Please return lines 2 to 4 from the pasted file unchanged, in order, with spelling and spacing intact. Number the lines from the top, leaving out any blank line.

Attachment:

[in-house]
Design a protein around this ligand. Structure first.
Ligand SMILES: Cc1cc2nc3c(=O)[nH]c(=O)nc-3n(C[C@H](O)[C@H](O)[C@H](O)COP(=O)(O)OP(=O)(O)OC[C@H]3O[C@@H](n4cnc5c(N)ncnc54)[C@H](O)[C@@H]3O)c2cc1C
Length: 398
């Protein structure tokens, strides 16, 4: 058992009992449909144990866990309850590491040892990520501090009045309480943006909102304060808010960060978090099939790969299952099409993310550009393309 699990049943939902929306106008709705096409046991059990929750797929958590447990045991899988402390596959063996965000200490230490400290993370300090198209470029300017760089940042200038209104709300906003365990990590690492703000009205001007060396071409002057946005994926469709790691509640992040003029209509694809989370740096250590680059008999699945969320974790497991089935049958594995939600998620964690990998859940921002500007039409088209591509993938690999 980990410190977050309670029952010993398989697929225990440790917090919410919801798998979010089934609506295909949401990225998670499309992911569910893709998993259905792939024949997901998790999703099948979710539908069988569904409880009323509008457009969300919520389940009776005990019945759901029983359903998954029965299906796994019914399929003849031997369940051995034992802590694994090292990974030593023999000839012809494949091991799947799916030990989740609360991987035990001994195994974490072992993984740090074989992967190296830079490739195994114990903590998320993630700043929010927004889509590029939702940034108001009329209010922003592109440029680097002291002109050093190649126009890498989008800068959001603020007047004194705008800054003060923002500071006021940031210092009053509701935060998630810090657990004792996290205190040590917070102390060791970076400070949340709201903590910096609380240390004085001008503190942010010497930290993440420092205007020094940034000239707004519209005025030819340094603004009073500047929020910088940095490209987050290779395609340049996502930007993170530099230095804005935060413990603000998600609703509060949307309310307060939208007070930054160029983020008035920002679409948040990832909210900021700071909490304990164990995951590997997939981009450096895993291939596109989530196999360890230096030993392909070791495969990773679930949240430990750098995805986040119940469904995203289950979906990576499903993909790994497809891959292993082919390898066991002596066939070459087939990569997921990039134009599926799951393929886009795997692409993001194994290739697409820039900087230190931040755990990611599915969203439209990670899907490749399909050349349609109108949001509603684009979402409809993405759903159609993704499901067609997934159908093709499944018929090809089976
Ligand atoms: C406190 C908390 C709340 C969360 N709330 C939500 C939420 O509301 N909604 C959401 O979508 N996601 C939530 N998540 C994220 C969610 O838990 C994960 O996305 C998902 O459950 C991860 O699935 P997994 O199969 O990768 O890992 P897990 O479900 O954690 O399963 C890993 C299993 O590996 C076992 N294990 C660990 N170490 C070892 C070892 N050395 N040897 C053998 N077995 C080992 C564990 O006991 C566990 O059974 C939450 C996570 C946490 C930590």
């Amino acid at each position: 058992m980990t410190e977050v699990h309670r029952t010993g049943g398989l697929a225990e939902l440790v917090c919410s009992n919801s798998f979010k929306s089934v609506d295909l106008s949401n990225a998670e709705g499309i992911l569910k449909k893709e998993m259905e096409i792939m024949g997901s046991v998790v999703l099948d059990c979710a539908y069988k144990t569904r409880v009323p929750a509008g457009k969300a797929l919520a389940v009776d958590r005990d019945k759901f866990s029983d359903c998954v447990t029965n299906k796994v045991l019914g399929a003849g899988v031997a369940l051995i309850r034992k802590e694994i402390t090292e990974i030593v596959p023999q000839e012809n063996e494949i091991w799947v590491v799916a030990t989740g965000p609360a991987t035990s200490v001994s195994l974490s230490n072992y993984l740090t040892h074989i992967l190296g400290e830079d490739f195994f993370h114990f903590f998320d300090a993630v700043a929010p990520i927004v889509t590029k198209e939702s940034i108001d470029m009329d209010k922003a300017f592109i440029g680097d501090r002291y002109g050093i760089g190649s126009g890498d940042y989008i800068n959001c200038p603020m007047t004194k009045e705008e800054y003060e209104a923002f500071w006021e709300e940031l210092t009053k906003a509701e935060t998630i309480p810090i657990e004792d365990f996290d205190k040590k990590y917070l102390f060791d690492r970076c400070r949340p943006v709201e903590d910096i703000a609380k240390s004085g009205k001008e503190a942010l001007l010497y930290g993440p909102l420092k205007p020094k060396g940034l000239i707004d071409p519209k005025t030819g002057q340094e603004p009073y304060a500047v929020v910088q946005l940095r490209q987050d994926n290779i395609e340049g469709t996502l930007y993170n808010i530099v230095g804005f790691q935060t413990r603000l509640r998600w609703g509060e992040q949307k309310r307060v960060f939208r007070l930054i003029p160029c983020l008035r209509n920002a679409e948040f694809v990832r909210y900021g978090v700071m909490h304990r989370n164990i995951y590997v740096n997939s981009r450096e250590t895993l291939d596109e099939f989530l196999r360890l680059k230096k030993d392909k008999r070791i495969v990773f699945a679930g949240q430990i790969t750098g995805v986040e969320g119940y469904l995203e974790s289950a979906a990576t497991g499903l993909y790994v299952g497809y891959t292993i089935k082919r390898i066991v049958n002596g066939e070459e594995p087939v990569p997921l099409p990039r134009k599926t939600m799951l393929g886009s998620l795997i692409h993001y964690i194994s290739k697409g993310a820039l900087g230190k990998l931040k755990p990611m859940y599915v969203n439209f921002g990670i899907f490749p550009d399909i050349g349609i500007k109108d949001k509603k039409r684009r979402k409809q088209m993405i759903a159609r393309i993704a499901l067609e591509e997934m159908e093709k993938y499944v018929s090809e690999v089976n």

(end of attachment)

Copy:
Design a protein around this ligand. Structure first.
Ligand SMILES: Cc1cc2nc3c(=O)[nH]c(=O)nc-3n(C[C@H](O)[C@H](O)[C@H](O)COP(=O)(O)OP(=O)(O)OC[C@H]3O[C@@H](n4cnc5c(N)ncnc54)[C@H](O)[C@@H]3O)c2cc1C
Length: 398